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Archive for the category “regrets”

Get busy living, or get busy dying


Get busy living, or get busy dying 

Photo credit: Ralf Weiser, Resistance to change. Do not get stuck on the left side of the “U” – for long

Life is too short for long pity parties. This week made me think of my best college friend who passed away too early due to cancer. She was such a fighter. When your life suddenly changes because you have just found out you have a challenging medical condition you can either keep feeling sorry for yourself, or you can already see the new path and plan that goes along with it. Some folks just get stuck in the anger, grieving, and resistance mode: “Why did this happen to me?”, “I just do not believe this!” It can lead to a state of utter confusion and self-pity. And it is a pity when you do not get out of that mode.

Feeling sorry for yourself however wastes time and lets your brain go on a down spiraling path to severe depression. Neither is helpful if time is of the essence. I will never forget the incident where my mom was sharing a hospital room with a woman who was exactly in this state of mind. Her illness was severe and her outlook on how long she was to live did not look great at all. When nurses and doctors asked her what she wanted to do she constantly changed direction. When she was alone with my mom or visitors she was constantly complaining about the medical staff, her condition – nothing seemed to work out right for her. It was painful to watch, especially when she snuck out the room to go downstairs for a quick smoke in order to “calm her nerves down”. Calm your nerves down, but stress your body even more with the effects of smoking? The woman went in a circle of self-destruction – she got really busy dying.

Compare this with my mom who had been diagnosed with stage 4 esophageal cancer 9 months prior. At the beginning of her journey of the long goodbye that is cancer, she had been given a few weeks to live. Not our mom, nope, she would have none of it. Hope and faith let her go through the anger, grief, and resistance time period really quickly. Plans were made to see specialists, treatments, and she even got new glasses to be able to see and read better. She had not gotten new ones in decades.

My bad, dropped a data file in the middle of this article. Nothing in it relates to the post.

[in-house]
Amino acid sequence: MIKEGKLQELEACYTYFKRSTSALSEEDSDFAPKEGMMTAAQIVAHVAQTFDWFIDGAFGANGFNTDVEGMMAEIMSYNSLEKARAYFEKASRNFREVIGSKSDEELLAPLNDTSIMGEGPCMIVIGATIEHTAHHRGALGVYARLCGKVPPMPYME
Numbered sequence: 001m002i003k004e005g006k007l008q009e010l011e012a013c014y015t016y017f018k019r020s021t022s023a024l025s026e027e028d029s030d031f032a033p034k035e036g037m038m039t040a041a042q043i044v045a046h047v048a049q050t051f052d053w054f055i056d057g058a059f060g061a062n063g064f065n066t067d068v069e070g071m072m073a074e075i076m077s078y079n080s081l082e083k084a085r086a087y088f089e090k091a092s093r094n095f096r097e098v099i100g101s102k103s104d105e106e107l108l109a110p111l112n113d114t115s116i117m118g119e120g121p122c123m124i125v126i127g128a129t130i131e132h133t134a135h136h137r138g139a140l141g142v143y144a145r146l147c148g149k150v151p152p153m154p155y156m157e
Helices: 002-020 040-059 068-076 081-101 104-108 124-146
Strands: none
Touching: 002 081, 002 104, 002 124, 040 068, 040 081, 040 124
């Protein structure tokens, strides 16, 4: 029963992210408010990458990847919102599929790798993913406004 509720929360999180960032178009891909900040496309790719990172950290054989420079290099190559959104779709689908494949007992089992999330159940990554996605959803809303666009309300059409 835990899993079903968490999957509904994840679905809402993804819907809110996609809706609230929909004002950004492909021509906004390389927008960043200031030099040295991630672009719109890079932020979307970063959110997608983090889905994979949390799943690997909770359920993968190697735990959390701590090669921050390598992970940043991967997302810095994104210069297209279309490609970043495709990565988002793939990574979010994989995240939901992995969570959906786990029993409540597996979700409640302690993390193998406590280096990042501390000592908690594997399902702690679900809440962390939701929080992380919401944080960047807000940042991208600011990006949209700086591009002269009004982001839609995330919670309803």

In the end cancer finally claimed her life 10 months after diagnosis. At the time the above mentioned story happened things were already not looking good at all, but my mom found the time helping the woman with advice, thoughts and prayers. The irony puzzles me to this day. Bottom line though was that mom was always busy living.

When things look bleak it may be easier succumbing to self-pity. Two processes are at work here. One is how a sudden major change goes through a U shaped process (explained here in more detail) and what you are going through is normal: Resistance, anger, grief, etc. That is the downward side of the U on the left. There comes a time when you hit the bottom of the U (figuratively speaking). You can either swing back up to anger etc, or start looking at the upside to the right leg of the U. It is the onset of careful optimism, hope, and exploration of opportunities. The other main process is that you have a choice. Are you choosing to get busy dying, or are you choosing to get busy living? What will be your choice?

Ralf

Busy is bad


Busy is bad 

Photo credit: Ralf Weiser, Brett Blair’s book “From Autopilot to Authentic”. It proves the point that slowing down is what we need rather than just doing more stuff

Multi-tasking is multi-wasting (click to tweet this). Perhaps it’s no myth to you, but it so pervasive in our culture that the vast majority of people probably do not even know that they overdo it. Multi-tasking is when you attempt carrying out all sorts of tasks and thoughts at the same time, or at least in close progression of each other. It has a few terrible side effects.

When your mind is racing because you want to get as much as possible of your stuff done, you no longer think about how much sense there is in doing them in the first place. When we are in motion we are just not making high quality decisions. Just think about the ruckus about texting while driving, and also being on the phone while driving. We are distracted when we do any of these things. Don’t just take my word on it. Here is Coach Brett Blair’s blog post on the same topic.